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Nanotube Heterojunctions
IB-1181

APPLICATIONS OF TECHNOLOGY:

Researcher, Alex Zettl, shown here with a model of a carbon nanotube, has made ball bearings and mechanical switches far too small to be seen without the aid of an electron microscope.

 

  • Electronic devices (Schottky barriers, PN junctions, resistors)
  • Microswitches
  • Micromachines
  • Microsensors
  • Computation elements
  • High-strength fibers
  • Electronically, mechanically or thermally controlled catalysts
  • Ingredients in "smart materials" (e.g. crack self-sensing materials)

ADVANTAGES:

  • Can be used to form electronic, thermal, electromechanical or thermomechanical devices on the scale of 1-2 nanometers
  • High temperature stability (good resistance to interdiffusion)
  • High potential device density
  • High thermal conductivity
  • High mechanical strength
 
 
 

ABSTRACT:

Alex Zettl, Vincent Crespi, Marvin Cohen and Steven Louie at Berkeley Lab have designed carbon nanotube structures that enable the creation of nanometer-scale diodes, transistors and sensors. These carbon nanotubes, containing metal/semiconductor or semiconductor/semiconductor junctions, may be used to form electronic devices which are 1-2 nanometers in each dimension. Nanoscale devices envisioned include Schottky barriers, quantum wells and transistors 10,000 times smaller in area than present commercial silicon devices.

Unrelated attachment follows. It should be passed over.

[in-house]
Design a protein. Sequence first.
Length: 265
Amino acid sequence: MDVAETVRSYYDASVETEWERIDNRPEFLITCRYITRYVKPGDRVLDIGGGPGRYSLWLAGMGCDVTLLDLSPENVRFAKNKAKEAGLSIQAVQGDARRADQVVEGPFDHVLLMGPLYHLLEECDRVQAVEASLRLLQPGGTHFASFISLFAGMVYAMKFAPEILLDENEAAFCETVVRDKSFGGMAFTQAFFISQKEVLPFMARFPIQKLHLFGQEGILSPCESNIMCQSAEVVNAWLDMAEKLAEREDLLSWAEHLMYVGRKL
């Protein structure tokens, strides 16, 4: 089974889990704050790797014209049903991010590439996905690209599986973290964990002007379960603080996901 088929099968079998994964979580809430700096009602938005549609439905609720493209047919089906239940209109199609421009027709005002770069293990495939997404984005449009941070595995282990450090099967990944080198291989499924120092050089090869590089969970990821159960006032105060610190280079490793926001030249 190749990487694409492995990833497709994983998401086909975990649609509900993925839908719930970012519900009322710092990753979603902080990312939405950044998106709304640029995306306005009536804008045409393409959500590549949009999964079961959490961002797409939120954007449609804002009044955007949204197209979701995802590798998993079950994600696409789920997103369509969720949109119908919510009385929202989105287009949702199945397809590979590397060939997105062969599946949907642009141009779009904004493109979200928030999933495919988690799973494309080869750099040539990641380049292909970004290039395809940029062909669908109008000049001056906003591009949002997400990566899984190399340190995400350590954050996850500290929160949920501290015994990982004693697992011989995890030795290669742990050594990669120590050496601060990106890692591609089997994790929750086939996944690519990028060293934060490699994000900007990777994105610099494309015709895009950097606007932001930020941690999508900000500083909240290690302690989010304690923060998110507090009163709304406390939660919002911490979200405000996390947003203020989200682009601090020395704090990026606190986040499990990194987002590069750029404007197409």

A novel topological solution that matches tubes with different electronic structures enables the creation of these junctions. Carbon nanotubes are synthesized to contain pentagon-heptagon pair defects in their normal hexagonal structure. The defects change the helicity of the nanotube and alter its electronic structure. In addition to forming all carbon heterojunctions, the tubes can be doped with boron or nitrogen to add charge carriers to the semiconducting region.

STATUS: U.S. Patent #6,538,262 and U.S. Patent #6,835,952. Available for licensing.

REFERENCE NUMBER: IB-1181

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